“I had a camera, too, and he made me film everything,” McDonald said. “We had hundreds of hours of footage, and he condensed it into about 10 minutes.”
That trip — the result of which was a 14-minute movie titled “Lucid Travels” — spurred Davis’ love for traveling so much that he spent this past summer in Costa Rica and Nicaragua.
Davis’ travels aren’t luxurious experiences. He said he works to find the least expensive flights possible, then finds cheap ways to travel around each country, such as staying with friends and occasionally catching a ride with a stranger — something that happened in Morocco.
Still, he did need some money for airfare and other small expenses. He said he funded most of his Costa Rica trip with $20 bills he had been saving up in a drawer since his freshman year of high school, and part of his Europe trip was paid for in coins he had been saving for years in a jar.
Through these non-traditional methods, Davis is able to immerse himself in the culture of each place he visits. It was in Costa Rica last summer that Davis felt most at home. He worked for a nonprofit company and spent his free time filming.
Davis said he wants to return to Costa Rica upon graduating because there, he found a different calling for Ras Life.
“It started out as filming all these great moments, these unreal moments,” Davis said. “I’m kind of trying to get away from that. I hate using the word ‘unreal’ because the moments I want to capture are the real moments. Those are the ones that inspire people. It’s not necessarily going skydiving, but it could be sitting on a porch in Costa Rica with a friend drinking coffee.”
That’s one of the biggest ways that Ras Life has changed throughout the years. It’s turned into interviewing residents at an elderly home, to speaking with teachers at his old high school.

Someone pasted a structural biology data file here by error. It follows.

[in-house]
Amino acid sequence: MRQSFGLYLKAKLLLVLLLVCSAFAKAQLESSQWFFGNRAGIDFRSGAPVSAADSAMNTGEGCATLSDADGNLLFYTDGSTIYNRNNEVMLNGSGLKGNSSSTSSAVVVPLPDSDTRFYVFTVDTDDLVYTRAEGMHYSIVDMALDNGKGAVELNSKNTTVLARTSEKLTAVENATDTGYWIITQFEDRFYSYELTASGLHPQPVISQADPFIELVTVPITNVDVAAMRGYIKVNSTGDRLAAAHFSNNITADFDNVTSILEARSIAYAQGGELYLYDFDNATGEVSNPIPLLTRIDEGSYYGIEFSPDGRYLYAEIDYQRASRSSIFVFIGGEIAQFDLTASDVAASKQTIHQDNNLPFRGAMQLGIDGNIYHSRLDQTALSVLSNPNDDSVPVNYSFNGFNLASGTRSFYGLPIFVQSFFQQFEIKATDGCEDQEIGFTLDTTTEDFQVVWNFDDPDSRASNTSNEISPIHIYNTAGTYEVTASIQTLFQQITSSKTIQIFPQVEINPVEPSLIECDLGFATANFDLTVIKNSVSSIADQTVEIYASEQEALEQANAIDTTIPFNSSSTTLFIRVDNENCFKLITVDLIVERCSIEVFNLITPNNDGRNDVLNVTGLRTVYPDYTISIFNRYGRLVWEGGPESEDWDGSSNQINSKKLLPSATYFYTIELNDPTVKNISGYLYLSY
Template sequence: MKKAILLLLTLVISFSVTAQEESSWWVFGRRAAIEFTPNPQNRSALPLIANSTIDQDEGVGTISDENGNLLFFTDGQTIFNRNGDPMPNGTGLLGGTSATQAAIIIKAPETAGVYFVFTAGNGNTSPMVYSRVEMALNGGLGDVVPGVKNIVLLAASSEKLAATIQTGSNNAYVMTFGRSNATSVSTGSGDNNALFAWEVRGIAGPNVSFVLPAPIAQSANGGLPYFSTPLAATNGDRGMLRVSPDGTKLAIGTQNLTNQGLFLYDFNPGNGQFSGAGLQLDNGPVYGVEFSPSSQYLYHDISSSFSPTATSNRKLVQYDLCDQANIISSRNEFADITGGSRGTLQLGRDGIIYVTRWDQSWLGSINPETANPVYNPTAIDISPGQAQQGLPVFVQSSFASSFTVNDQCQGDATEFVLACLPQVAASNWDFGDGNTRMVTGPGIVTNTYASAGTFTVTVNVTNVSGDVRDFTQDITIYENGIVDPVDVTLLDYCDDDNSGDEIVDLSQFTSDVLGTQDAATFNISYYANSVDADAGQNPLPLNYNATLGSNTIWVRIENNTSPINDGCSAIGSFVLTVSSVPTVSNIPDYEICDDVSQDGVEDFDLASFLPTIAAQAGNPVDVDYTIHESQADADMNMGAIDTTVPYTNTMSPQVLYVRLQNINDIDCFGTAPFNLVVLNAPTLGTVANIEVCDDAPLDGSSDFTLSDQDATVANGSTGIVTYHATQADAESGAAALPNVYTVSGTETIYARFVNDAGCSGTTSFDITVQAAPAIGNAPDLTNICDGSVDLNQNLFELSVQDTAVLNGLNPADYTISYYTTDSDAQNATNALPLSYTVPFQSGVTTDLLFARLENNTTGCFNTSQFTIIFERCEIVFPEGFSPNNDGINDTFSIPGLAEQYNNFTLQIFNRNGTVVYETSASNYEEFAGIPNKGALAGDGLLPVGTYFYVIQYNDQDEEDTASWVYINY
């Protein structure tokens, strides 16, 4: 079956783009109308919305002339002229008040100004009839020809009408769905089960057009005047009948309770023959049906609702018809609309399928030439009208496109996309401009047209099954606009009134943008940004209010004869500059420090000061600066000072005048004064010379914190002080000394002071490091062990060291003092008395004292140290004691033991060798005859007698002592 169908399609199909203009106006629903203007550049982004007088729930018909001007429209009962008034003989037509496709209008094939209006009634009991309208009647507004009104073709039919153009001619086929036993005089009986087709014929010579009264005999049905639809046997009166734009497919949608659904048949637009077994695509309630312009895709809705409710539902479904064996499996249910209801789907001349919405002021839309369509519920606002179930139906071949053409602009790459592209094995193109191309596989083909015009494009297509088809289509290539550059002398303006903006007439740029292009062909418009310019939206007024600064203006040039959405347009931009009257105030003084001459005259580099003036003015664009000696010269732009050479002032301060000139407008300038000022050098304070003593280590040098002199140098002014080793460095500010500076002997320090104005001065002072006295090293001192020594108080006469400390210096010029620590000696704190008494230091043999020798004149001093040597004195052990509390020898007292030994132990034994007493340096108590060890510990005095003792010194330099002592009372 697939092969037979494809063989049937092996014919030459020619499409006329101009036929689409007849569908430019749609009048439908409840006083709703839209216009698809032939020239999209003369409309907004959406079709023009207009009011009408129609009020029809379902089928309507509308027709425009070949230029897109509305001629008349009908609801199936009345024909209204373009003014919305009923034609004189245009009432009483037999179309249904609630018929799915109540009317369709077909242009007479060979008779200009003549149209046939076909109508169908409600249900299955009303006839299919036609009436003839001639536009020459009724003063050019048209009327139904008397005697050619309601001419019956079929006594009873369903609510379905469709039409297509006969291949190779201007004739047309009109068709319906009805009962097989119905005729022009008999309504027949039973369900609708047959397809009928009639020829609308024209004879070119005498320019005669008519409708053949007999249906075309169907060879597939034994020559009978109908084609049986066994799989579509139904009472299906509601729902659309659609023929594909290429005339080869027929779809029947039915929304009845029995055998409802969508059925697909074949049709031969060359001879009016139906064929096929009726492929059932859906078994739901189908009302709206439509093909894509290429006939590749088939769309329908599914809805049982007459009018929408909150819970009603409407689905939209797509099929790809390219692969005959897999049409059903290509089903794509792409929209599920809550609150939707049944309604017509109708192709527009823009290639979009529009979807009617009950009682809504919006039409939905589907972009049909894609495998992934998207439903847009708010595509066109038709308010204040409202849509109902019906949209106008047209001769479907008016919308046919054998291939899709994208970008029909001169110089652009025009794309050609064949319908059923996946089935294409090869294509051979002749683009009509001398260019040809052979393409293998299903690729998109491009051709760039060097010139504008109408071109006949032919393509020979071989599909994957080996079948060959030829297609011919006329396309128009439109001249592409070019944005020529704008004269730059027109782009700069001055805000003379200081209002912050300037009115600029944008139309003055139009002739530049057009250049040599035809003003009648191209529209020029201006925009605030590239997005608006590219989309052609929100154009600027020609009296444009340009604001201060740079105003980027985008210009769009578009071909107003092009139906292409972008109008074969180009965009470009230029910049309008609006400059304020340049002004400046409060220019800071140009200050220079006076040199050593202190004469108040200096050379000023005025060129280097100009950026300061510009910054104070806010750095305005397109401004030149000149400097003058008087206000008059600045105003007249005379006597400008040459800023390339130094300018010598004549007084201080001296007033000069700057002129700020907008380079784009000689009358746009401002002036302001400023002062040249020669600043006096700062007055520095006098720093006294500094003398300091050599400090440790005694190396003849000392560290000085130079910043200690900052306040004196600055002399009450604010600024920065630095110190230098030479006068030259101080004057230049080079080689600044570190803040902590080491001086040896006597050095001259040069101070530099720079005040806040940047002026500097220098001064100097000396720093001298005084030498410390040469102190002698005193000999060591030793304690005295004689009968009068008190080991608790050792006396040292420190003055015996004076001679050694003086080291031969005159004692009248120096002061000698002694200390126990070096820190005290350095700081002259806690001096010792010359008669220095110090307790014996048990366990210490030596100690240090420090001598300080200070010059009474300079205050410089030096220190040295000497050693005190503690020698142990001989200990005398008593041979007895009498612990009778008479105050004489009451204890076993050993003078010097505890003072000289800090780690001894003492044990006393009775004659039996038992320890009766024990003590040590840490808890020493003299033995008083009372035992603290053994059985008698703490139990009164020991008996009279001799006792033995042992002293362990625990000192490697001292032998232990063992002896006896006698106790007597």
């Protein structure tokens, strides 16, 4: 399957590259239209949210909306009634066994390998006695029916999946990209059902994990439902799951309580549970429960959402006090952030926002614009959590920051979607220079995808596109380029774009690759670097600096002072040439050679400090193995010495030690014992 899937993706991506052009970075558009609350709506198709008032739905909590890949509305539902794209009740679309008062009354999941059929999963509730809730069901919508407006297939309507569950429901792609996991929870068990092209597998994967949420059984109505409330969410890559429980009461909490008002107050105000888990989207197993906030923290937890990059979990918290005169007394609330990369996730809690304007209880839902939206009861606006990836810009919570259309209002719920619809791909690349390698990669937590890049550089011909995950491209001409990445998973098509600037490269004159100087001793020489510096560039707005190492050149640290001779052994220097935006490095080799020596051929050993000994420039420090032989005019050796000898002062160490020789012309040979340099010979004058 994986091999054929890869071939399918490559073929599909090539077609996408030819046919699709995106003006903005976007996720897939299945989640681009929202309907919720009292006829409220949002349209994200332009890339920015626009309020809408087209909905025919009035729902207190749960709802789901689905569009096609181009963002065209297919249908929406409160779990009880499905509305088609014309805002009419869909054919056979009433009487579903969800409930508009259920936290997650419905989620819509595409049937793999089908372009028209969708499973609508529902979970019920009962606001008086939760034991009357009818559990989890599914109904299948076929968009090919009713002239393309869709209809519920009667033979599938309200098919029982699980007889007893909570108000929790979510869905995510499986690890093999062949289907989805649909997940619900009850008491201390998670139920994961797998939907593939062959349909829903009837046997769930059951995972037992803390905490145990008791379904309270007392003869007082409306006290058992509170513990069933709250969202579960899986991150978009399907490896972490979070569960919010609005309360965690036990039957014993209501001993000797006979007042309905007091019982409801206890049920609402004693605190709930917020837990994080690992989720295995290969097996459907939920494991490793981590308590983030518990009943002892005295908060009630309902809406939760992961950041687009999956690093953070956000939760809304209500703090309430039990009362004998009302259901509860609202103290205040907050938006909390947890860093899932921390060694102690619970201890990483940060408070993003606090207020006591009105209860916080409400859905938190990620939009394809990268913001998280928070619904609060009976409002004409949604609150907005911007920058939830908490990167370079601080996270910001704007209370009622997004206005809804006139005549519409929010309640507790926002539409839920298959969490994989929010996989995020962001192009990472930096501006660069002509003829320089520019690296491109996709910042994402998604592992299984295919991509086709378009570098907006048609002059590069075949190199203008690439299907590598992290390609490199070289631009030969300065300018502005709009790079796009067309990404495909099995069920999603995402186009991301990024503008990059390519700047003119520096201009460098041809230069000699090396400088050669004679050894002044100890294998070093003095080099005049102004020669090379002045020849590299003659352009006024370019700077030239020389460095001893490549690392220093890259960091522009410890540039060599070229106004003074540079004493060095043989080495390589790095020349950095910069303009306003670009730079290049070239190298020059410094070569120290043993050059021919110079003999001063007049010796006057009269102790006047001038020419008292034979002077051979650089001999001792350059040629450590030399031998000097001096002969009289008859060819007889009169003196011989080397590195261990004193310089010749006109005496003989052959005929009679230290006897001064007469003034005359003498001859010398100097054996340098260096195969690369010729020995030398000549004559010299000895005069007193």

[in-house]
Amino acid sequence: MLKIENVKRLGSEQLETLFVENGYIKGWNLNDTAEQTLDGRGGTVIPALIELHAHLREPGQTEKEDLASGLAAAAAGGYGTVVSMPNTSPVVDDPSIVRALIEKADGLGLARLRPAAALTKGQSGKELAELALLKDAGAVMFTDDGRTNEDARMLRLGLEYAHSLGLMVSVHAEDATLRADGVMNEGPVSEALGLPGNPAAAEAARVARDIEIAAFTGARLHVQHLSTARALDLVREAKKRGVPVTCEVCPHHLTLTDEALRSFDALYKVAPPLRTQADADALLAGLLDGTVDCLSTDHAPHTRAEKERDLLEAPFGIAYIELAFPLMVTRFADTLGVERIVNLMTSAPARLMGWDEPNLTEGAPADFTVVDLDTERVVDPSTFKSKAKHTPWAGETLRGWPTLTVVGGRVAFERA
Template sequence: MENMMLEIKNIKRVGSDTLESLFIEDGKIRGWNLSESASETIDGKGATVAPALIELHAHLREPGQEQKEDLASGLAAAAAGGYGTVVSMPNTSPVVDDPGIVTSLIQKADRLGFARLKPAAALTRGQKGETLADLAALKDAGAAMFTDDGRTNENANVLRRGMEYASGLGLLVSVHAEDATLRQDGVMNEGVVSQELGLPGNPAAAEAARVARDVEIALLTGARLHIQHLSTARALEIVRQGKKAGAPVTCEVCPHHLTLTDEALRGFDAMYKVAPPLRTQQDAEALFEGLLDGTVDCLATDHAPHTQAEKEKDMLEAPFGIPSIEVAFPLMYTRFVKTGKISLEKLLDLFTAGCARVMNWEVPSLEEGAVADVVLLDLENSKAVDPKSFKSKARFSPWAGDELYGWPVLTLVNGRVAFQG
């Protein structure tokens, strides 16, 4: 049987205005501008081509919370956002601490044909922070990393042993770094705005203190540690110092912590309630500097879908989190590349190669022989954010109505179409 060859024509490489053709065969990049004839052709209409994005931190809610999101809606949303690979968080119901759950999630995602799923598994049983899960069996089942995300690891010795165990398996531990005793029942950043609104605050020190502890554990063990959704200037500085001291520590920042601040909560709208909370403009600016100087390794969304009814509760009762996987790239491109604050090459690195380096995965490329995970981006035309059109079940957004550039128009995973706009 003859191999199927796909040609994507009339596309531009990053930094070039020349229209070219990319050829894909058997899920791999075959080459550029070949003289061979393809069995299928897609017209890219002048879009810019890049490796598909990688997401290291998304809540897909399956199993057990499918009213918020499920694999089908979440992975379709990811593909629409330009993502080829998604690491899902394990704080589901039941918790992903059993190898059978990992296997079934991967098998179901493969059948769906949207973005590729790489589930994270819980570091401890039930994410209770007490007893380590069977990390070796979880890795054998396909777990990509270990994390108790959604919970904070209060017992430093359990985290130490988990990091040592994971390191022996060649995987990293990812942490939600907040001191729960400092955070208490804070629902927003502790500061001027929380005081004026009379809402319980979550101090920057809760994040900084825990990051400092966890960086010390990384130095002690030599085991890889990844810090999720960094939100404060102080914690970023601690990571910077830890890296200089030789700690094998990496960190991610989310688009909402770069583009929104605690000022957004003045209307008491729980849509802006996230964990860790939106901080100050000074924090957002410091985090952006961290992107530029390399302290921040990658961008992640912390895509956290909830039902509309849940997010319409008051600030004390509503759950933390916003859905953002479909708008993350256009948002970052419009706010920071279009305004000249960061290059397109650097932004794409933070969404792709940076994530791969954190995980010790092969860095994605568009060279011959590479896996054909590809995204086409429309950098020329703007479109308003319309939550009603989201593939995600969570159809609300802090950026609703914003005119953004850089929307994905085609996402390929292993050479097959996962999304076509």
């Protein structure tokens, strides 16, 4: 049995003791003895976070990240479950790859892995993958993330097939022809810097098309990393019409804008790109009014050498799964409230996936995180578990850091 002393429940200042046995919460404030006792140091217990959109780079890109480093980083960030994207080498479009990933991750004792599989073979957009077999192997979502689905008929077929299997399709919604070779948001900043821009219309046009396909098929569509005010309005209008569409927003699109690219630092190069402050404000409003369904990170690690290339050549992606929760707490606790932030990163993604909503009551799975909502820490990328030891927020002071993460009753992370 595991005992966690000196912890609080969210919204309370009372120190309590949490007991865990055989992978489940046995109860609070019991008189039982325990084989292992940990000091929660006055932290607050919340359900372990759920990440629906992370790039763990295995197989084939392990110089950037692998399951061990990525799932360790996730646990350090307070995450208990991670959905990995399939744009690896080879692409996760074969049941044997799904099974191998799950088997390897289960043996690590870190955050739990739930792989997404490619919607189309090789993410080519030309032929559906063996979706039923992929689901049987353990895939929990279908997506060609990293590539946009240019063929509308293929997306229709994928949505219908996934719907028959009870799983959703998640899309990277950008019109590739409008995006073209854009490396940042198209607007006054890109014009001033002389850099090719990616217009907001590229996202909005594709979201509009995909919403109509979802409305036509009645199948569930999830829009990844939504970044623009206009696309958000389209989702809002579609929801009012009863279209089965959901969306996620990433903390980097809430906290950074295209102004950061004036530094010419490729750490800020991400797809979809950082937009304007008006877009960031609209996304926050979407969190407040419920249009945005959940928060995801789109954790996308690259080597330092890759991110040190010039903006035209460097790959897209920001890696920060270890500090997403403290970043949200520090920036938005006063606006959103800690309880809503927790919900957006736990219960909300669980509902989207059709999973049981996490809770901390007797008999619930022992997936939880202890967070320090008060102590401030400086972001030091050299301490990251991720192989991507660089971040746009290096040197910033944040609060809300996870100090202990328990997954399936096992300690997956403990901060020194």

And through this, he has affected those around him. Michael Flannery, Davis’ high school statistics teacher, said Ras Life has left a lasting impact.
“He’s got a good influence on some of the kids who are still in high school,” Flannery said. “Brendan’s encompassing that lifestyle. It’s just in him.”
Davis said Flannery has been an inspiration for the project’s continued existence. Along with being featured in Davis’ “Teacher Lectures” video, Flannery used to hand out Ras Life stickers to students he felt understood the concept.
In addition to the stickers, Davis also handmade Ras Life T-shirts and sold them. As a result, he receives semi-regular contact from those who have been inspired.
“That’s probably one of the coolest things, is people telling me, ‘Oh, I’m going to Ghana for 10 weeks. I can only bring three shirts and Ras Life is one,’” Davis said. “There’s even people who have a Ras Life tattoo.”
No one really knows — Davis himself isn’t even sure — what Ras Life will turn into. Flannery thinks Davis could make a living out of it. Karlson, who makes the music for the videos, isn’t confident about exactly how it’ll change, just that it will. McDonald said he feels the same way.
“I think the idea will still be the same,” McDonald said. “I think Brendan has changed in that he’s really taken it upon himself to pursue his passion. He’ll follow it wherever it takes him.”
As for Davis, he just wants to continue to travel and to live the brand that has developed into a lifestyle.
“Something that I’ve really learned through the lens of Ras Life is just everywhere you go, people have the same end goal of being happy,” he said. “Some people have different needs to be happy. People are people wherever you go.”
Brendan Davis’ videos can be seen online at https://www.youtube.com/user/BrendanDaviz.